Included in your stay is a full breakfast, pre-dinner drinks and canapés and a multi-course evening dinner each day. While lunch is not included, you can order an a-la-cart lunch in the dining room or head over to the Club House at the golf course and have lunch there. Honestly, I'd be surprised if anyone was actually hungry between meals and with the snacks available in the room we never found a need for lunch. All meals are served in the lodge, unless otherwise pre-arranged for in-room dining or specific private dining requests.
Breakfast starts with an array of options at the self-serve cold table - including yogurt, fruit, cereals and fresh pastries. Then as you sit down to one of the three dining rooms, you are provided with a hot menu, with a variety of typical breakfast options like eggs, bacon and pancakes. The orange juice is remarkably fresh and there is a large selection of juices, teas and coffee to choose from. Sitting in the main dining area with grand sliding windows, quietly staring out onto the vast property is seriously the best way to start the morning.
Dinner is a full event each evening and a fantastic excuse to get dressed up (jackets are required for men, so don't forget to add that to your packing list!) and delight in an extraordinary meal prepared by one of New Zealand's finest chefs,Head Chef Dale Gartland. Upon arrival in the evening, you are escorted to the main sitting area near the fire where the impressive sommelier offers you whatever adult beverage tickles your fancy. I asked for a glass of chardonnay of his choosing, providing him with just a few of my personal preferences and he poured me a glass of Te Awa, what has now become my favorite chardonnay of all time (so much so, I shipped home 6 bottles!). While you wait for your table, you are served an assortment of canapés while your glass is continuously refilled... which is something to watch for, because on our first night I was not paying attention and finished three glasses before we ever sat down for dinner!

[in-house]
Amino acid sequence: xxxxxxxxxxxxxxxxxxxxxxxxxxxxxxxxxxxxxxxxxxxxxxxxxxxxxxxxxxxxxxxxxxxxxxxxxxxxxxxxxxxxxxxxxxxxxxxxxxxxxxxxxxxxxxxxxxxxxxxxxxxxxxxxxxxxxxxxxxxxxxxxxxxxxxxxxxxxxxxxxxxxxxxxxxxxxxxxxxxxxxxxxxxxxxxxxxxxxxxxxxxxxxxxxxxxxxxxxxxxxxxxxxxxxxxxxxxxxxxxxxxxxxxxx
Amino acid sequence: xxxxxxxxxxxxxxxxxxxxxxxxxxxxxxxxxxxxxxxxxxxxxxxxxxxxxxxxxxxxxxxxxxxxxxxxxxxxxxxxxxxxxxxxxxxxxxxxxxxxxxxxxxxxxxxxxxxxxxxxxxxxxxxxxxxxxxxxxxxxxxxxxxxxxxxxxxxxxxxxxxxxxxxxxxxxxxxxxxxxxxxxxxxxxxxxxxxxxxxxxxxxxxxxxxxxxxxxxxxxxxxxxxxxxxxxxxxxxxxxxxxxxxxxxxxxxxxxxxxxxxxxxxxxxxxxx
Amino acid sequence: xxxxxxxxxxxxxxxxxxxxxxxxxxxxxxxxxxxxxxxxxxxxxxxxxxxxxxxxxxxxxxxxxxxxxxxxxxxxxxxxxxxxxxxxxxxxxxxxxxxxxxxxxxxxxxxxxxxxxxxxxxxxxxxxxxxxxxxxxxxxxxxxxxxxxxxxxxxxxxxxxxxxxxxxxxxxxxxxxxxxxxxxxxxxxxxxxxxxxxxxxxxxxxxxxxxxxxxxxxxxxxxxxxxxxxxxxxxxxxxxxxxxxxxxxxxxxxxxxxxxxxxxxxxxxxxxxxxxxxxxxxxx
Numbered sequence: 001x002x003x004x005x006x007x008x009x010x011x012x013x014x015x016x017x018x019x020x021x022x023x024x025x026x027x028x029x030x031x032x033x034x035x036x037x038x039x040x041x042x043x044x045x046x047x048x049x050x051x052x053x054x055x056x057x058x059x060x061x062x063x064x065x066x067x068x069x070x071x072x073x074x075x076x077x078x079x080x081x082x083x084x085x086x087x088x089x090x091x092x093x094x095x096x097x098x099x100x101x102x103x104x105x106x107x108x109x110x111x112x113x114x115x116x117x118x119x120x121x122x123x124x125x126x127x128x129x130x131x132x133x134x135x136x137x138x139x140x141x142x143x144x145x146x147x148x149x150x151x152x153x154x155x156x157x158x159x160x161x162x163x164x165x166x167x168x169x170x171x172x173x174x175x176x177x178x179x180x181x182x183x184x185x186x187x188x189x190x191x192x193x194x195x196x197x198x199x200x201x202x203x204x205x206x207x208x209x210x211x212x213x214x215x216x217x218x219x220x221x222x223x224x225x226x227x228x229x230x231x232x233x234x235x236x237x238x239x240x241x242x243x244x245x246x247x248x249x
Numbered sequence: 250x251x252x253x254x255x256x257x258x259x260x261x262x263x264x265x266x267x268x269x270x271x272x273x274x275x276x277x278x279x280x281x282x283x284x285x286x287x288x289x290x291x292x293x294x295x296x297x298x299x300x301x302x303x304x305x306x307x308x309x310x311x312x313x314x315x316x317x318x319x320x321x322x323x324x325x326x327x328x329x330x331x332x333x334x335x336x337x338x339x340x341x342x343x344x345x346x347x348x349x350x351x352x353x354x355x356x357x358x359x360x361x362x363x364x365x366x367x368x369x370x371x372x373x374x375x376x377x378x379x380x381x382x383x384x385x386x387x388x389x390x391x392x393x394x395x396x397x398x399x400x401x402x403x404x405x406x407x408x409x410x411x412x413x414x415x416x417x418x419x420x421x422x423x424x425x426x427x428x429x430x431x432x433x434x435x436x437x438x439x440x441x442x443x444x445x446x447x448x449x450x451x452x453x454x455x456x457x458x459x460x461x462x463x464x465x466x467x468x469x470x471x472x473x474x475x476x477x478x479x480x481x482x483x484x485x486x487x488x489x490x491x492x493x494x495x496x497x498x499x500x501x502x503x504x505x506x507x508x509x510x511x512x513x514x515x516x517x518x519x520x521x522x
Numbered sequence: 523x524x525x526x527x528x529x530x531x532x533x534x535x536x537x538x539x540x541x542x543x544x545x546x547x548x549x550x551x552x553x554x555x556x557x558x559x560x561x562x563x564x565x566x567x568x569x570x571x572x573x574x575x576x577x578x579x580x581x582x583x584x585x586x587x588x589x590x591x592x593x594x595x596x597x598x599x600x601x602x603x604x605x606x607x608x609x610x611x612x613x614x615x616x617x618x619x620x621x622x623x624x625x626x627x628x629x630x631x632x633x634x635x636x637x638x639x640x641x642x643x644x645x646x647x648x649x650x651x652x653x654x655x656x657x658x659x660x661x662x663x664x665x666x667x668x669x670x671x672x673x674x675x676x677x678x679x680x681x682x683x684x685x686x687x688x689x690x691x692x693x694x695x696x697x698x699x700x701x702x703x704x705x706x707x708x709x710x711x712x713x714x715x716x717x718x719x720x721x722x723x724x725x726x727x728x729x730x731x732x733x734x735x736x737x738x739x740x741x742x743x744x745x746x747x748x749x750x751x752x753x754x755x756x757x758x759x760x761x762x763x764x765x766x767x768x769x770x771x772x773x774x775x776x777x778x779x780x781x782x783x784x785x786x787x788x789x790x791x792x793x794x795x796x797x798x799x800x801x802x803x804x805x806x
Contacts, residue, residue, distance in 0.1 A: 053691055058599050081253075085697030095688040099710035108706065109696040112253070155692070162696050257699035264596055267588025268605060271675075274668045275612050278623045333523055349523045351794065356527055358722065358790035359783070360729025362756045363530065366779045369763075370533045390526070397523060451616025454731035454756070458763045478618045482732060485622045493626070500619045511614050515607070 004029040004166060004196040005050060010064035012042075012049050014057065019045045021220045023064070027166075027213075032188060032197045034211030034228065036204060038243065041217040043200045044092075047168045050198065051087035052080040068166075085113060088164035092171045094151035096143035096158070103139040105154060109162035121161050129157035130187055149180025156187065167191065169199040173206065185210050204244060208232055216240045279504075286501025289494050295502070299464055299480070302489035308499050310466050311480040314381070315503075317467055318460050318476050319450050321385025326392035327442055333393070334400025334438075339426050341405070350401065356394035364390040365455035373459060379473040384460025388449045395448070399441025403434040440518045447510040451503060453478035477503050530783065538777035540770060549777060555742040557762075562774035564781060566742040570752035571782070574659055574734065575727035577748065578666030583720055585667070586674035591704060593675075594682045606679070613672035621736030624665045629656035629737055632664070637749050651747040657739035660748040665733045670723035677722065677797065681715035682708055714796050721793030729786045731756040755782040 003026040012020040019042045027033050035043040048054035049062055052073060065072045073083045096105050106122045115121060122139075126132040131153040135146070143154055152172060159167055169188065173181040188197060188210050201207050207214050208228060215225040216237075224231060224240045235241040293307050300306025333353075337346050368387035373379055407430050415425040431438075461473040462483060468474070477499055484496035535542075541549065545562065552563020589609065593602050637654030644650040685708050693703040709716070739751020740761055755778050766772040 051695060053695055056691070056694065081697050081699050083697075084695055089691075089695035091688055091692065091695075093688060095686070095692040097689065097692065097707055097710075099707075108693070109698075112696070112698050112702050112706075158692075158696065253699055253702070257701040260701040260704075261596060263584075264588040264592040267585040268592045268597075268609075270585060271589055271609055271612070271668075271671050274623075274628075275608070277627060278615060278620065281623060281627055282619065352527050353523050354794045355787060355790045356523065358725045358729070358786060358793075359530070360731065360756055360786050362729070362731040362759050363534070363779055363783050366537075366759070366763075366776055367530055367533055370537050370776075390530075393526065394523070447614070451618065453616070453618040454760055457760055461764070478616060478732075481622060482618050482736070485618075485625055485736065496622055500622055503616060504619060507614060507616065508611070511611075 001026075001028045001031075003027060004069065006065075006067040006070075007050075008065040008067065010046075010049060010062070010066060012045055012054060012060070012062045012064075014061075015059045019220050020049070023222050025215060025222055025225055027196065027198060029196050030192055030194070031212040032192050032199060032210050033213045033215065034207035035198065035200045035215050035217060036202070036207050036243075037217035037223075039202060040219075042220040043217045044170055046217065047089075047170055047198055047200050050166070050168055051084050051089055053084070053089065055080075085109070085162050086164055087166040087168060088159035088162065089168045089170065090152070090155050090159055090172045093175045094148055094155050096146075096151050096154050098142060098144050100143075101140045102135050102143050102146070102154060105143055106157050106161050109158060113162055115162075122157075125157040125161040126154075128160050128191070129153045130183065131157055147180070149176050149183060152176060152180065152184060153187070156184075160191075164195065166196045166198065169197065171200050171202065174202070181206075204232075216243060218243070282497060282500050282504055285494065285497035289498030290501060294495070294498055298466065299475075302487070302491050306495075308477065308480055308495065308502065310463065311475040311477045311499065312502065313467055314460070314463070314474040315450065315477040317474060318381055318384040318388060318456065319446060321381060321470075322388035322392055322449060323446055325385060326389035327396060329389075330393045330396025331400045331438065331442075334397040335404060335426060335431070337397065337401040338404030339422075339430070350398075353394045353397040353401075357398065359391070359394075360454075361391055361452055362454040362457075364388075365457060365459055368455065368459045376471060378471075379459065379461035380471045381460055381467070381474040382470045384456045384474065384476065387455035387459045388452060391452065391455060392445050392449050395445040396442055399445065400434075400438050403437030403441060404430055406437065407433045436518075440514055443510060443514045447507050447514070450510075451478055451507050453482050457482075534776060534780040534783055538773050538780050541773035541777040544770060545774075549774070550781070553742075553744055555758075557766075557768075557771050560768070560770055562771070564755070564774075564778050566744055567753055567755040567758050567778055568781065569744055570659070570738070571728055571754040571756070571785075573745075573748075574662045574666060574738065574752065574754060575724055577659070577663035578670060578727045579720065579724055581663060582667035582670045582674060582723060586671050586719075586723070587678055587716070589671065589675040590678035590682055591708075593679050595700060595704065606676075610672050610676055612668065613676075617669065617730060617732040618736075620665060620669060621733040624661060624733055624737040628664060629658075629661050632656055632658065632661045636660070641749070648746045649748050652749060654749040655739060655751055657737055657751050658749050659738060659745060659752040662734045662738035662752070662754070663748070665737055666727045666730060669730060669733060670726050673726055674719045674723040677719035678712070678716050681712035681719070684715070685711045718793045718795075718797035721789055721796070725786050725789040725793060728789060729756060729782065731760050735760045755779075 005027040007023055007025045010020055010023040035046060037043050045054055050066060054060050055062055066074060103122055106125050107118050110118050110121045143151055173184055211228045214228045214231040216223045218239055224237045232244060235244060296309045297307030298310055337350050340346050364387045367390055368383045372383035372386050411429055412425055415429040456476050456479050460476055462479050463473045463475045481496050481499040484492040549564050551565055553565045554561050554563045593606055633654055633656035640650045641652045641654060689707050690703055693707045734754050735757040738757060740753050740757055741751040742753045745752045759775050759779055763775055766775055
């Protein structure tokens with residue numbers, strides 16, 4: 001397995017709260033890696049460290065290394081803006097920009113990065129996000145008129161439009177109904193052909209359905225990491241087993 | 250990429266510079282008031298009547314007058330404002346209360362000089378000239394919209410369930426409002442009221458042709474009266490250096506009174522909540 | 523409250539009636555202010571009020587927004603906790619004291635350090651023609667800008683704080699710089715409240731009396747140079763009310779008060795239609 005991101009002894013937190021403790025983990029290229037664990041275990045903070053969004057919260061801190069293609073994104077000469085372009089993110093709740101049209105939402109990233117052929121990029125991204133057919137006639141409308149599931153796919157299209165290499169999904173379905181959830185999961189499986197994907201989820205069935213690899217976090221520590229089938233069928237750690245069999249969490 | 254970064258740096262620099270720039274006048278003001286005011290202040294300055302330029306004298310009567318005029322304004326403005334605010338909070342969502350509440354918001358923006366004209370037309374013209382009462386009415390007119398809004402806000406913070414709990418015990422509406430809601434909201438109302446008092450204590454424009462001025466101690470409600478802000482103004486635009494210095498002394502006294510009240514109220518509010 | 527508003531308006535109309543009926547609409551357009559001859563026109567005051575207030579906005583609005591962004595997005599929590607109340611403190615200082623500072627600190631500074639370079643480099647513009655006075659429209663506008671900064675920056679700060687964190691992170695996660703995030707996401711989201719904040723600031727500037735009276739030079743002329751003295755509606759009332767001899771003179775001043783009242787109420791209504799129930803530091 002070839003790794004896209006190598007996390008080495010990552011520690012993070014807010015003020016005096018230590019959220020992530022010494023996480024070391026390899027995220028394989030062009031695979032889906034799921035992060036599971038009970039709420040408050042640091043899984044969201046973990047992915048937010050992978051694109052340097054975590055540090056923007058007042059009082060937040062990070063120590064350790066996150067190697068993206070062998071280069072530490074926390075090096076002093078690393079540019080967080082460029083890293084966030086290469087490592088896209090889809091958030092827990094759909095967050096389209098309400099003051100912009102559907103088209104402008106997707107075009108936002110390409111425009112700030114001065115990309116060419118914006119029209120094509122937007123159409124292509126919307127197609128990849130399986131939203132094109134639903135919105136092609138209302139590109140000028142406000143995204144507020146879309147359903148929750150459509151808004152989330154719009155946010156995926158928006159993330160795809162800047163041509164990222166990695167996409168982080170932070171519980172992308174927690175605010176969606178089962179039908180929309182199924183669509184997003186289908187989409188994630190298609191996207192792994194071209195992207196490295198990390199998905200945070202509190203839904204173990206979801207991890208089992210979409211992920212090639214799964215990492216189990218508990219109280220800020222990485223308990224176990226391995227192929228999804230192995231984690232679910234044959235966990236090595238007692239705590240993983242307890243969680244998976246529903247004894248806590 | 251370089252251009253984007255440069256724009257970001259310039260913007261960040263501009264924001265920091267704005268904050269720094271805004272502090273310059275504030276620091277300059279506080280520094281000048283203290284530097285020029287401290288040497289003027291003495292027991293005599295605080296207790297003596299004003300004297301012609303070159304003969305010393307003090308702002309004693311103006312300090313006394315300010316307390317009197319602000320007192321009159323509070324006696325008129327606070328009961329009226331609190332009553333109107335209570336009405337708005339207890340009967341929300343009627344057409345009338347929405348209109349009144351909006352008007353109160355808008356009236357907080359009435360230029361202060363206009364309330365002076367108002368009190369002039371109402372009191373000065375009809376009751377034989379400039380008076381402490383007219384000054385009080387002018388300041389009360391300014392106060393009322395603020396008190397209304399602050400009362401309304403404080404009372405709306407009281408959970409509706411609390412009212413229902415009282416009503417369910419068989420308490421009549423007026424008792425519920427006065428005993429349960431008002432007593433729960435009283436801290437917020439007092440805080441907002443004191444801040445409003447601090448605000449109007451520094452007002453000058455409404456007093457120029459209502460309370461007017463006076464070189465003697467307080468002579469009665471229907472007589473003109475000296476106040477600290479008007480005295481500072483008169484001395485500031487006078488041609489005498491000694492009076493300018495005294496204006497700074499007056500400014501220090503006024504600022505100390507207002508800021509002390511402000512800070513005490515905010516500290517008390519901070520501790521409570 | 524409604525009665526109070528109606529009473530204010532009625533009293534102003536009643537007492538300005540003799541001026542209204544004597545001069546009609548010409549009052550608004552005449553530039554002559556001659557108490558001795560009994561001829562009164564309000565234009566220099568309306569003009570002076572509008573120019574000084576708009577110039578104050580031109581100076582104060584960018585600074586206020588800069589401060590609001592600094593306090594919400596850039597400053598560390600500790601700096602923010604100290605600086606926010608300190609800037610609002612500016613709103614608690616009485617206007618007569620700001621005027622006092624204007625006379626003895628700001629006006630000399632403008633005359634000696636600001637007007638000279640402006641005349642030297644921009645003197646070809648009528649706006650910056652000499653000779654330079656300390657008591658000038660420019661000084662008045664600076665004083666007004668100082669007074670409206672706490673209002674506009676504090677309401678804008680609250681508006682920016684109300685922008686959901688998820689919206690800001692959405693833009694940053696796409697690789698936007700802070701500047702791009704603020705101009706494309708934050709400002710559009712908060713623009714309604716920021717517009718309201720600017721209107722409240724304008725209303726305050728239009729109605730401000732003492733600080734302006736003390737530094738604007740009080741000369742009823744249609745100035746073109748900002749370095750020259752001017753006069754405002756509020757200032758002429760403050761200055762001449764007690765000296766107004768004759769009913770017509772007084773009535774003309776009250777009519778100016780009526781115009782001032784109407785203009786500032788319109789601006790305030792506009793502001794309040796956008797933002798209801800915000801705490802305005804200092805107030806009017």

Guests have two ordering options for dinner - a la carte or the chef's five course tasting menu - both of which change daily based on the availability of the finest seasonal, local ingredients. We dined for three nights and each meal was equally incredible - offering an impressive collection of dishes, prepared and served to perfection. We have eaten at some of the best restaurants in the world and we were absolutely blown away by the quality and care that went into each dish, wish a special note to the pastry chef who makes some of the best desserts and ice-creams we've ever had - I mean wow! I also very much appreciated that the staff was happy to let us pick and choose when it came to the meal, including ordering additional dishes if we were still hungry or, like one of the evenings, deciding that we wanted to try seven different flavors of ice-cream, options were truly endless.
On a side note, alcoholic drinks are not included with dinner, but are included in the pre-dinner portion of the meal. There are options for wine dinner pairings (which I would highly suggest), bottles or very reasonably priced glasses. Again, after all of the pre-dinner drinking I struggled to finish much more than a glass during the meal (but then again, I'm a bit of a lightweight).
ON PROPERTY ACTIVITIES
First, I must advise that there is a very good chance that you will not want to leave the property, so I suggest waiting until you arrive before booking any major activities that are outside of The Farm at Cape Kidnappers as you may just change your mind when you get there and don't want to feel stuck with pre-arranged plans. I recommend that you spend no more than one day away for every three days there; that seems to be the magic number and any more is just a waste of your visit.
There are a number of on property and off property activities available to book for an additional fee (click here for a full list of options); however, there are also a number of fantastic activities included in your stay - such as spending time at the pool, riding mountain bikes, numerous walking and hiking trails throughout the property, as well as a variety of games, books and movies at your disposal for a relaxing day in. I have included details of the activities that we took part in during our stay. Unfortunately, it was not the time of year when The Kiwi Discovery Walk was available, but we would have definitely done that if given the opportunity and will plan on it during our next visit.